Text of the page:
Obama And Romney Camps Debate The Debate

(AoftheAP)  As the first presidential debate of the 2012 election nears, scheduled for Wednesday October 3 at the University of Denver, each campaign continues to lower their candidate’s performance expectations, issuing counter statements that oddly seem to flatter their opponent while downplaying any notion that their own candidate will do well.

“If these expectations get lowered any further,” an unnamed pollster said, speaking on condition of anonymity to AoftheA News, “any minute now, they’re going to look up and see the Great Wall of China.”

Members of President Obama’s campaign began the narrative in mid-September, explaining that “the structured — and time-limited — nature of the debates isn’t a natural fit for Obama, who often is long-winded when answering questions during news conferences or town hall-style meetings.” In addition, the Obama camp admitted that Romney’s recent participation in the Republican primary debates could give him an edge heading into the presidential debates.

These statements prompted a reply the Romney campaign, where senior adviser Beth Myers issued a letter stating, in part, that “President Obama is a uniquely gifted speaker, and is widely regarded as one of the most talented political communicators in modern history.”    Thus, Romney’s expectations in doing well against the president are fairly low.

Not long after seeing the letter, members of the Obama campaign responded by saying that while they appreciate Governor Romney’s kind words, their expectations were still lower, because the president has not had the sort of time to prepare that his contender has enjoyed.  Jen Paski, a White House spokesperson, told reporters on Air Force One: “I will just take this opportunity to say that Mitt Romney on the other hand has been preparing earlier and with more focus than any presidential candidate in modern history: Not John F. Kennedy, not President Bill Clinton, not President George Bush, not Ronald Reagan has prepared as much as he has.”  She went on to cite that “the president has ‘been doing some studying’ but cited his travel schedule, unfolding events in the Middle East, and ‘just the constraints of governing’ as preventing Obama from focusing more time on it.”

Certain members of Romney’s team pooh-poohed the comparisons and the pressures Obama was under.  “No, really, the president is so good, so intelligent, we’re surprised he even needs to study the issues.  Seriously, we are so convinced that Governor Romney will perform so poorly, we’re considering just having a cardboard cutout of the governor standing at the podium.”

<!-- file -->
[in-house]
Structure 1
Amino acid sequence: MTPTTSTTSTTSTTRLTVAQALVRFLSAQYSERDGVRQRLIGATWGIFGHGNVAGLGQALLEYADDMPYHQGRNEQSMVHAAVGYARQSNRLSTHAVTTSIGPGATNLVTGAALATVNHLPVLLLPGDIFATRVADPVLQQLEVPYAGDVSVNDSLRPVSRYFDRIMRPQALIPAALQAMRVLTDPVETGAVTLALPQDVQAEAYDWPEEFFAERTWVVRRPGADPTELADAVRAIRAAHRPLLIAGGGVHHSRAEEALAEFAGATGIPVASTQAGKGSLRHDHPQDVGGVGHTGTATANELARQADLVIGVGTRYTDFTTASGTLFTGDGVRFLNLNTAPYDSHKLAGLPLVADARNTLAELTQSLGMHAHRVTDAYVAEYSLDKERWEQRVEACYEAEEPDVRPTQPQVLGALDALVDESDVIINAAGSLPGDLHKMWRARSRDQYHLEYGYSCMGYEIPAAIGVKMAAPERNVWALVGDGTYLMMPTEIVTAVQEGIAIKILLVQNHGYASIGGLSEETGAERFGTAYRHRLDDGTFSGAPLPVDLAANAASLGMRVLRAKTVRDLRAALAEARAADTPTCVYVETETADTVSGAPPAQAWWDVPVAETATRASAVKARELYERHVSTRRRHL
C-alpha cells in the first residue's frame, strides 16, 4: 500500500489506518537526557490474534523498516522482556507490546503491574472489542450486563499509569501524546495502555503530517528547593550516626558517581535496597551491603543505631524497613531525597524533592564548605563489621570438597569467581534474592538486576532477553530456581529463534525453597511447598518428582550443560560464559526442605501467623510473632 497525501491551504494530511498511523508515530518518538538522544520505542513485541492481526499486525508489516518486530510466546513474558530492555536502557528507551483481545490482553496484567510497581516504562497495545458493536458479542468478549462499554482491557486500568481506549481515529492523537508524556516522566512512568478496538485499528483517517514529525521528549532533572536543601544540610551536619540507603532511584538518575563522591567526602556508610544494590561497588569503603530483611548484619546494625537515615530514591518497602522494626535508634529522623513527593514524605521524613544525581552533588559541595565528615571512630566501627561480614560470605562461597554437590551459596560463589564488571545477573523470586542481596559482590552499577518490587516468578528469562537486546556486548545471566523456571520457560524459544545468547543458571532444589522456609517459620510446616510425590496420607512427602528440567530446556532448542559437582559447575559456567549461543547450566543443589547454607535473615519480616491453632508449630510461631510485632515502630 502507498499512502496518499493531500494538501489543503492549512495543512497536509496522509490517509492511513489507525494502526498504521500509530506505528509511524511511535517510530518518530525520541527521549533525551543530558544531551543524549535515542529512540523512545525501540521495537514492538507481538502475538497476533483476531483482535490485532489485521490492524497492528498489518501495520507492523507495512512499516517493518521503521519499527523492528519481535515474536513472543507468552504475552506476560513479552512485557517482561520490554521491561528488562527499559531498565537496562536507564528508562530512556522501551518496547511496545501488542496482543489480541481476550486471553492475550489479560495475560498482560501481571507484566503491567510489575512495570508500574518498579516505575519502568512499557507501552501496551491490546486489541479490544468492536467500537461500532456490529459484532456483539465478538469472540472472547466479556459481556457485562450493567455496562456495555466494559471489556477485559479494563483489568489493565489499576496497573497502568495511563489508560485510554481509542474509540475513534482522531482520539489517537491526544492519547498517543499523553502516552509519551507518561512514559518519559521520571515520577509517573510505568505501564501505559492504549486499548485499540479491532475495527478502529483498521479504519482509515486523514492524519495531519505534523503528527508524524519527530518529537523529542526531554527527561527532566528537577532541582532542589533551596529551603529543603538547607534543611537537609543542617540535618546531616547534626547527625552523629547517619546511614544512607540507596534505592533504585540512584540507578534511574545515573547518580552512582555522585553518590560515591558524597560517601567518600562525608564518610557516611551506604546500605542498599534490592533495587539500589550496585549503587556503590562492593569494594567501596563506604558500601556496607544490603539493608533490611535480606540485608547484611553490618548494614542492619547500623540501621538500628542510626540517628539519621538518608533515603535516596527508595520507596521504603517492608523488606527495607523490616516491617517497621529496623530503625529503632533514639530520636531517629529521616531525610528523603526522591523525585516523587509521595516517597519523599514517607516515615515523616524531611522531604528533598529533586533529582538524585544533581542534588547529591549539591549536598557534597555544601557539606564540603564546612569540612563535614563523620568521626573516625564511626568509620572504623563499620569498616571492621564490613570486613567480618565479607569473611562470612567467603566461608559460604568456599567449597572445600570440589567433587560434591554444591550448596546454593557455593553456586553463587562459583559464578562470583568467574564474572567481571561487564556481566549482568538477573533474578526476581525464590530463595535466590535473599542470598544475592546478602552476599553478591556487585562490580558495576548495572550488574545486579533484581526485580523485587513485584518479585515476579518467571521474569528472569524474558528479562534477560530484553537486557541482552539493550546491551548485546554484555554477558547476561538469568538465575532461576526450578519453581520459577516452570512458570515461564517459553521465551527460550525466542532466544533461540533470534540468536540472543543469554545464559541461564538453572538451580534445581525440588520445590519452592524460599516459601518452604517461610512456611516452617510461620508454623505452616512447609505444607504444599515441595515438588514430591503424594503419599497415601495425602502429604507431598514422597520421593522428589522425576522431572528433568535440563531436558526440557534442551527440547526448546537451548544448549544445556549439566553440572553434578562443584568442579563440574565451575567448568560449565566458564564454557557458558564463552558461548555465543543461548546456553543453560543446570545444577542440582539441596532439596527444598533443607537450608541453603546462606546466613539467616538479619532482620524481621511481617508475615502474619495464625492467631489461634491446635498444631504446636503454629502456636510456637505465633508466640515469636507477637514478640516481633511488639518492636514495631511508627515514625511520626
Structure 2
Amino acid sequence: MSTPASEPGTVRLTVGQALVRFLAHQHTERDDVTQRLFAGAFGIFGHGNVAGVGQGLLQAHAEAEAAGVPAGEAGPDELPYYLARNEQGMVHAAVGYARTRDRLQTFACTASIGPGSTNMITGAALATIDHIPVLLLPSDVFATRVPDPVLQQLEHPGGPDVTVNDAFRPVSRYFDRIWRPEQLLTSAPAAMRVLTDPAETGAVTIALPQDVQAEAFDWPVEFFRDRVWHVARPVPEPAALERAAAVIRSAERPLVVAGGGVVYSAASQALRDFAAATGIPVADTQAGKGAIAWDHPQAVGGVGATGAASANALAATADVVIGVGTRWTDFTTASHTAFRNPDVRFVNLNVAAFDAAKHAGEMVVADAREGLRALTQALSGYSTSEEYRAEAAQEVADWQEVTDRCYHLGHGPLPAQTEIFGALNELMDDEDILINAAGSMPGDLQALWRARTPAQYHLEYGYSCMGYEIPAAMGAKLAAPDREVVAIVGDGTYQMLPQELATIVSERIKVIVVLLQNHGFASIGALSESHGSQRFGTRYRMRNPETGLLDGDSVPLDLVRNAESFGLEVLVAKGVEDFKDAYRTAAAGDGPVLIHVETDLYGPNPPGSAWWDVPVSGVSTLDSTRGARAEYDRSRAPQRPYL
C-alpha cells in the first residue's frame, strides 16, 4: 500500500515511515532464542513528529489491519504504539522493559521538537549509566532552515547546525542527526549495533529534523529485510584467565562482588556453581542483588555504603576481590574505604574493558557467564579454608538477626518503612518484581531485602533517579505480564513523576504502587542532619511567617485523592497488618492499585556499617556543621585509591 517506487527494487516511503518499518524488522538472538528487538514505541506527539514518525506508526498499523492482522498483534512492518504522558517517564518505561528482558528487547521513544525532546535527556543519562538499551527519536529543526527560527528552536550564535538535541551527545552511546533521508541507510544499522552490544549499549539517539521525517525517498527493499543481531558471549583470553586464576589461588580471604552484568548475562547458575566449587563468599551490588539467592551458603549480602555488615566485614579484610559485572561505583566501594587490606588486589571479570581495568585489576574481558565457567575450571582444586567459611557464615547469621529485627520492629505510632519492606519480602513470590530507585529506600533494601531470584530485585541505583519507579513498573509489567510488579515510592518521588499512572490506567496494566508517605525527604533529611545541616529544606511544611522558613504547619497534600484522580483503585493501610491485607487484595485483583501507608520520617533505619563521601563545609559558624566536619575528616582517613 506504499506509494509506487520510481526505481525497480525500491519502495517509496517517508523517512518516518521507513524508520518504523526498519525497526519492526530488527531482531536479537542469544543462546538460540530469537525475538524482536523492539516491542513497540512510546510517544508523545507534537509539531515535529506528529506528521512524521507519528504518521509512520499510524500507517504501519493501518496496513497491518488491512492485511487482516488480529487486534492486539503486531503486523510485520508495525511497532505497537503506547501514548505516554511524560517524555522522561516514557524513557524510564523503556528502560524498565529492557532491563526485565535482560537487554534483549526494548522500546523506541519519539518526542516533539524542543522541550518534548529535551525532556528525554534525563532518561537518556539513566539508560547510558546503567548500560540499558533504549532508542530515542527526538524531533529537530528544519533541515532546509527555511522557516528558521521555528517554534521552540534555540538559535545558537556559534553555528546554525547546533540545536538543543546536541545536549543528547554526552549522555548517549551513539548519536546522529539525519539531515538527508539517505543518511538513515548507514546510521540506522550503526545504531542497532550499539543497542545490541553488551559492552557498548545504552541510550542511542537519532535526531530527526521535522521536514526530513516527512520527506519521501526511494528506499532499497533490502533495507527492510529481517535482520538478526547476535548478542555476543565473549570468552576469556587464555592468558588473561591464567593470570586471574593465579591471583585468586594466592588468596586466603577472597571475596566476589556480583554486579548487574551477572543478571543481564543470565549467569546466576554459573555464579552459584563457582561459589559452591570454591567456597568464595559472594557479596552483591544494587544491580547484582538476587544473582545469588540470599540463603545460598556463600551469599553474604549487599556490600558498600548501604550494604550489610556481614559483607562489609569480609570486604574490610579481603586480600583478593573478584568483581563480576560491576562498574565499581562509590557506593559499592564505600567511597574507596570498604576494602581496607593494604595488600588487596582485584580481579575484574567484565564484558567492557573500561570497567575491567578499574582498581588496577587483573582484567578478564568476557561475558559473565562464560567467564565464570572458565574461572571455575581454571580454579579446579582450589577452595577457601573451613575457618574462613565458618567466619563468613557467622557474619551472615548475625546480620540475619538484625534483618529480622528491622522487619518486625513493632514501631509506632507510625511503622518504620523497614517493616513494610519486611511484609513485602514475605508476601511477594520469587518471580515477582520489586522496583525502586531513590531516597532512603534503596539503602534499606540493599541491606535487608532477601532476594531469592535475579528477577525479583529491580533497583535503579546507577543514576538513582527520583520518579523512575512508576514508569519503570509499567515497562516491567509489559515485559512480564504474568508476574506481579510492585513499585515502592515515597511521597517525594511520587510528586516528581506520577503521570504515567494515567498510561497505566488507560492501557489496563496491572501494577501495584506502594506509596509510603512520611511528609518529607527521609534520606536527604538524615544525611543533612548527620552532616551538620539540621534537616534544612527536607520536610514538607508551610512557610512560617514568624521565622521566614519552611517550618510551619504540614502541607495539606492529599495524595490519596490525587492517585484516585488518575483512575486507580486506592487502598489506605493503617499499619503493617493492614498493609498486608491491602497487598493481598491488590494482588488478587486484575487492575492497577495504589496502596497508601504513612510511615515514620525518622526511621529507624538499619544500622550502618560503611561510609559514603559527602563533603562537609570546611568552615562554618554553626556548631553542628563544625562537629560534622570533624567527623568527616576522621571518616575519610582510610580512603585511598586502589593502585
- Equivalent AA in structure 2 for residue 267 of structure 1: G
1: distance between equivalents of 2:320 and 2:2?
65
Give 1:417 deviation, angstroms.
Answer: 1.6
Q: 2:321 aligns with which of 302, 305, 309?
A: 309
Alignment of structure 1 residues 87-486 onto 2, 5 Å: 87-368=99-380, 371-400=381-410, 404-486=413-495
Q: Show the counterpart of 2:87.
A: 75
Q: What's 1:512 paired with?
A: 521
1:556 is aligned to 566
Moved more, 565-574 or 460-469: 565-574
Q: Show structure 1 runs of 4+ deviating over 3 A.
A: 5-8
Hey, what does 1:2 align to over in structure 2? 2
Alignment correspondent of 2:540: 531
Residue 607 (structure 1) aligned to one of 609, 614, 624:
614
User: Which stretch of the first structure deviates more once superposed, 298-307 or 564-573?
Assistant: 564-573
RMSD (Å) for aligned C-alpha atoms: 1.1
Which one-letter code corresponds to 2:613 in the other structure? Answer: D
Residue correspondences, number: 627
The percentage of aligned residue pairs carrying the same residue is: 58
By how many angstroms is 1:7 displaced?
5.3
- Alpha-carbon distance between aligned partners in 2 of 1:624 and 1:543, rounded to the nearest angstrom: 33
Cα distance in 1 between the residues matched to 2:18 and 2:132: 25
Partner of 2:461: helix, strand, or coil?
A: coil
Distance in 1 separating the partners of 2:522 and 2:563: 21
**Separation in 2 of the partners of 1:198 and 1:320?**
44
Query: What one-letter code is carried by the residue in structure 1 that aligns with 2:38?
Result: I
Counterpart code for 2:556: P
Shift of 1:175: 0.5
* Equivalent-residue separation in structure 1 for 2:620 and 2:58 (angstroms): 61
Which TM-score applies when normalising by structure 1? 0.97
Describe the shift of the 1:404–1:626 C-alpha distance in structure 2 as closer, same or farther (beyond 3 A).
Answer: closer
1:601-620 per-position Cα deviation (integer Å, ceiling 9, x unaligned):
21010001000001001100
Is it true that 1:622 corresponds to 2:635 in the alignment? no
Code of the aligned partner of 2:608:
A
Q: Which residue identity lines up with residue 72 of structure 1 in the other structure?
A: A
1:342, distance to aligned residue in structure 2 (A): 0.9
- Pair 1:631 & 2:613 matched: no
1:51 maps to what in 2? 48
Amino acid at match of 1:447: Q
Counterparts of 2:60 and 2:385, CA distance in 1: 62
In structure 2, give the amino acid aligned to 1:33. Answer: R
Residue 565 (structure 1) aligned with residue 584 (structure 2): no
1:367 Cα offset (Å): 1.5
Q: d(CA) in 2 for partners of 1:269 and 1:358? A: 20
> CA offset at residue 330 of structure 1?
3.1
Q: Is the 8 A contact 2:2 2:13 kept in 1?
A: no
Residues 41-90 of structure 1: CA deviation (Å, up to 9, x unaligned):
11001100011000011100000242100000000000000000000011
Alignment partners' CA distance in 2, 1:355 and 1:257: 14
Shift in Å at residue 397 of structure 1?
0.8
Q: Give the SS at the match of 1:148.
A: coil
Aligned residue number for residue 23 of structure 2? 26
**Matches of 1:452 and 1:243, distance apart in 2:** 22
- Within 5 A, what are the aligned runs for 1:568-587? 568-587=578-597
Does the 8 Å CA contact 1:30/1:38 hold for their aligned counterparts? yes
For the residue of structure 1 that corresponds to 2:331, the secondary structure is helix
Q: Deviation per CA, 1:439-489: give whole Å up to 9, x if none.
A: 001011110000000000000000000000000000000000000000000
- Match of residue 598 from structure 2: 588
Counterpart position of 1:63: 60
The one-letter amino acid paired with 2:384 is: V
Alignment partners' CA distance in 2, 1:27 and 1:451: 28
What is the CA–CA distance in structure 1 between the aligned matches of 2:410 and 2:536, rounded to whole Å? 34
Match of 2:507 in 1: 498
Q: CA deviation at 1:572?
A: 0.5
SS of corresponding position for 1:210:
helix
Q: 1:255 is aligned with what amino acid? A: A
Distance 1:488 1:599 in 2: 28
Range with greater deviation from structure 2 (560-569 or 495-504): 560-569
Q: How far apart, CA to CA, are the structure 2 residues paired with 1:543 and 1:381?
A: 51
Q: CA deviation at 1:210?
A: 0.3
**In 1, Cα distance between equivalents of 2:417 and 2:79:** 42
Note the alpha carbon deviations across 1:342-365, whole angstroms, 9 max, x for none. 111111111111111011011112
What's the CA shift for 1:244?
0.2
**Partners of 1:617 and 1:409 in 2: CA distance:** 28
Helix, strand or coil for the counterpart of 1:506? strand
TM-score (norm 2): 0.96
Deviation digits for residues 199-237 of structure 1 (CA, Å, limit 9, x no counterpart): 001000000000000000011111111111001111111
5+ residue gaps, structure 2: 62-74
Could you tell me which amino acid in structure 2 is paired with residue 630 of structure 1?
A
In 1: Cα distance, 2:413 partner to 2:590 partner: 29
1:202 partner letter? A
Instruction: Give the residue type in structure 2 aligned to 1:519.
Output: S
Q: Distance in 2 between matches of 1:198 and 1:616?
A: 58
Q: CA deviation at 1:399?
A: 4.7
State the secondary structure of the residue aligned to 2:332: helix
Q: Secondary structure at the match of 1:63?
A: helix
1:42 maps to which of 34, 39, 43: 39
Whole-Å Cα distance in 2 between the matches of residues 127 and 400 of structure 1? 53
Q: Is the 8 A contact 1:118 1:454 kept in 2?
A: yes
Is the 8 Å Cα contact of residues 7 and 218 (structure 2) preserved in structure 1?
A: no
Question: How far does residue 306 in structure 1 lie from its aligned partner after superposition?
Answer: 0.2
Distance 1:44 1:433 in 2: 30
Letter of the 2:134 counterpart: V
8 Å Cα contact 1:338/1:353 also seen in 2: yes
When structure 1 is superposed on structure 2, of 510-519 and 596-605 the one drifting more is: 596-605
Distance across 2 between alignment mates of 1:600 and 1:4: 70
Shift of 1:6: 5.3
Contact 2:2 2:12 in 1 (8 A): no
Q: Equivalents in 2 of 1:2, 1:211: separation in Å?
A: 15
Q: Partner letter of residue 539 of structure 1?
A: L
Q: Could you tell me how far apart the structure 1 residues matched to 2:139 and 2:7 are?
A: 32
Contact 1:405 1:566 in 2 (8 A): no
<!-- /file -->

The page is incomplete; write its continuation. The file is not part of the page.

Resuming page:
Upon hearing the Romney campaign comments, a high-ranking member of the Obama campaign said, “If they were to trot out a cardboard cut-out, we’d still lose.  That’s how unprepared Obama really is.  In fact, we’ve placed a call with Lorne Michaels at Saturday Night Live, to see if the comedian who occasionally portrays the president, is available for the debate.  We figure why not – we’re going to lose anyway.”

When told of the Obama team’s plans, Romney’s advisers scrambled.  “That still gives the president an overwhelming advantage.  Our expectations are so low, we have ditched the cardboard cutout plan, and will now just show home movies and picture slides of past family vacations as answers to the moderator’s questions.”

Obama’s campaign manager David Plouffe, when hearing of the Romney campaign’s latest plan, pounded the table.  “Slide shows!” he shouted.  “Why didn’t we think of that?!”  Within moments, it was announced that SNL couldn’t make their cast member available, so Plouffe directed his team to collect as many of Obama’s golf scorecards as they could find.  “That’s about how low our expectations are,” he explained.  “We’ll actually do better by having a staffer read off his scores from any of his rounds he has played since becoming president.”

Calls to the Romney campaign, regarding this latest development, were not returned; however, a text from an unnamed campaign member read that a team of staffers has been combing the governor’s home for old shopping lists and family recipes.

There are unconfirmed reports that PBS, who will be televising the event, is also lowering their expectations.  These reports indicate that moderator Jim Lehrer might be replaced by a team of Sesame Street muppet characters, which, if true, would actually raise expectations.

3 Responses to Obama And Romney Camps Debate The Debate

  • Thomas Collins says:

    Let’s just drop “debates” altogether, at least in the current joint press conference form.

    How about letting the candidates question and respond to each other?
    Or use the opening/reply/rejoinder format of the Lincoln-Douglass debates. Since 21st century attention spans won’t last three hours we’d have to make do with and hour in 20, 30 & 10 min. segments.

    I doubt the utility of debates anyway. For decideds it’s a chance to point out all the opponents gaffes and I doubt the undecideds watch.

  • I only care that the Obamanation of Desolation is defeated on November 6th. If and when that happens, I want to see the look on his face and that of his wife, and hear her say what she has always believed: how disappointed she is in America. An American Marxist to be disappointed in America, otherwise we are not America.

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